NAKHARA (Journal of Environmental Design and Planning)


Winyu Ardrugsa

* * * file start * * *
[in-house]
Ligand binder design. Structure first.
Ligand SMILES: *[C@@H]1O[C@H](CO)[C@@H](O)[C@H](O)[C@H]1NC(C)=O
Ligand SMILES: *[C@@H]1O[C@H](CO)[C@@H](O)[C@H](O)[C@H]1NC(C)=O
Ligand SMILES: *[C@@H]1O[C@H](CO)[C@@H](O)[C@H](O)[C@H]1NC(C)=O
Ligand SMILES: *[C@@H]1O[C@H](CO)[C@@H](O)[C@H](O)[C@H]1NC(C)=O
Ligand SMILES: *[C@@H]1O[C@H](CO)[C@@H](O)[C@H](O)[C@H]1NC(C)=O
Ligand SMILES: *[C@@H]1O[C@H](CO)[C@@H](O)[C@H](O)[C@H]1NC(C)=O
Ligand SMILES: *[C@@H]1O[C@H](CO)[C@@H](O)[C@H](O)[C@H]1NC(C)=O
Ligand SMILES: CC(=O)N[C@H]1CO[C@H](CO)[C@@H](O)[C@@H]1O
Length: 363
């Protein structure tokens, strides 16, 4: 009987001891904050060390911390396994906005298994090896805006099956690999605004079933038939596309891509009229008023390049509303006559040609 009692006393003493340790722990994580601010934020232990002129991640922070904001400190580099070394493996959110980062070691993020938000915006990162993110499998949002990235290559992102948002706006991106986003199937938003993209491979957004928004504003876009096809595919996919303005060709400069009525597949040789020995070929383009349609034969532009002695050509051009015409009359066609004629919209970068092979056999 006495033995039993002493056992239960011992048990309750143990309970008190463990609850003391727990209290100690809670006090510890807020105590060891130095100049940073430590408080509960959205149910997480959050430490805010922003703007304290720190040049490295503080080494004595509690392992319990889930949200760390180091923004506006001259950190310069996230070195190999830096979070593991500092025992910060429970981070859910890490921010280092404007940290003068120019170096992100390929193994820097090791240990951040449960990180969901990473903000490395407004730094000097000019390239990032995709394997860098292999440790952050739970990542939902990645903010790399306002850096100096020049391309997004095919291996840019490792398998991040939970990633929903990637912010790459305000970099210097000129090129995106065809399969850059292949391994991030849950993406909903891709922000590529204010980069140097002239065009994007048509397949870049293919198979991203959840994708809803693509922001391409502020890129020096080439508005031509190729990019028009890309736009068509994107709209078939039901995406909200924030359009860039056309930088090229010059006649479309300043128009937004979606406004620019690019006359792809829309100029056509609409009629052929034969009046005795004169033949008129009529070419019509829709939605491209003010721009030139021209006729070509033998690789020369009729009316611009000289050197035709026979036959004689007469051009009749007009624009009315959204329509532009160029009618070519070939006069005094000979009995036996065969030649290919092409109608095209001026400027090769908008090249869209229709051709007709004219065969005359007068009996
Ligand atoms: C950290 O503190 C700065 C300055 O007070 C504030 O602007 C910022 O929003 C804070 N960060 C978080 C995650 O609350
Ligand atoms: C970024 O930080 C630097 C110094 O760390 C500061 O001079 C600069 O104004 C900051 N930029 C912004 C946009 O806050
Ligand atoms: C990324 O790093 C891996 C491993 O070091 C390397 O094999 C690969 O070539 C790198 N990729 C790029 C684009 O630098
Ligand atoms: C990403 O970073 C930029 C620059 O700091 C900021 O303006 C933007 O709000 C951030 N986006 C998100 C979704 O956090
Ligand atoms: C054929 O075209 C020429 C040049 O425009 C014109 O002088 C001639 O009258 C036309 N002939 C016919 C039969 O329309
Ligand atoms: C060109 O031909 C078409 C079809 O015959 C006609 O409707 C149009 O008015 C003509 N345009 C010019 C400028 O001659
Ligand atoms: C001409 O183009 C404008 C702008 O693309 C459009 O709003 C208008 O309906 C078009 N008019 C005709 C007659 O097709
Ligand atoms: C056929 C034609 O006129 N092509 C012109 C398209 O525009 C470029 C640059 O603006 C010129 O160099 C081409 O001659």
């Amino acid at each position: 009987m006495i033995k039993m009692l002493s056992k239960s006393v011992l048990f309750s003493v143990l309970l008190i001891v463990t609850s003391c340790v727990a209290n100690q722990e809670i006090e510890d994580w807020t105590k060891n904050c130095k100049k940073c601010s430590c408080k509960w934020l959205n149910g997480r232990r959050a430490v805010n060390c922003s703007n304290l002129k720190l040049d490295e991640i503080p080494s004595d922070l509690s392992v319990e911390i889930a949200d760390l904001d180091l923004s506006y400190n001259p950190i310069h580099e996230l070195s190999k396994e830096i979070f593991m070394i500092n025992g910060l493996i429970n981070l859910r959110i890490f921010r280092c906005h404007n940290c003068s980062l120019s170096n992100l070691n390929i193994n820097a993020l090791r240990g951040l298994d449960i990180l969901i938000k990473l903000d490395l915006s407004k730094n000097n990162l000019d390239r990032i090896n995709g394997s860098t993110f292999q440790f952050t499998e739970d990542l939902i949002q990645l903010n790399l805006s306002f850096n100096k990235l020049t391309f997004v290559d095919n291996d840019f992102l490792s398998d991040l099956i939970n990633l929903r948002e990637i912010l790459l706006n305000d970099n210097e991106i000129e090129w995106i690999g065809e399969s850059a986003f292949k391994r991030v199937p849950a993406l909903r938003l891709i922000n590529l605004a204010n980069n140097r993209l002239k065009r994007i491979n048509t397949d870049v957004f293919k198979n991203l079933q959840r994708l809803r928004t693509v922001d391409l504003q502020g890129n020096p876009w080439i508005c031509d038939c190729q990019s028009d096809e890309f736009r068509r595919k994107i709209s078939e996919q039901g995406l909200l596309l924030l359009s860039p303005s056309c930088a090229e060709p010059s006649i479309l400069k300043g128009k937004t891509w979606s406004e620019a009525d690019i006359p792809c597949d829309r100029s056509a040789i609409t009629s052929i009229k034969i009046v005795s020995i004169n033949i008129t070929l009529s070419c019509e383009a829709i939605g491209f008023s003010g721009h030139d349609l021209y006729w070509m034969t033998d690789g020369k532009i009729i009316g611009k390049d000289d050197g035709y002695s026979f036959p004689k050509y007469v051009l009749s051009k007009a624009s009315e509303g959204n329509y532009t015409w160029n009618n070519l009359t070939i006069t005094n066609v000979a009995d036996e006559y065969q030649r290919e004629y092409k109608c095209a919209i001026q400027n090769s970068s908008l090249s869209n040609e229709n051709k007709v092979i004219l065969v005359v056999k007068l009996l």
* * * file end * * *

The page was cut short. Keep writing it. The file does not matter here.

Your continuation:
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This paper investigates the exclusivity of Muslim prayer rooms found distributed throughout urban Bangkok. Although the prayer room can hardly be considered domestic, its existence is not really'public' either. Increasingly, this little worship space is accommodated in some public facilities owned by state organizations and private corporations. In this paper the prayer room is examined in three interrelated scales: the geographical network, the placement of the room within a facility and the interior. The examination reveals inscribed body-place relationships which are conceived specifically to different projected images of each place and different social categorizations of Muslim users.

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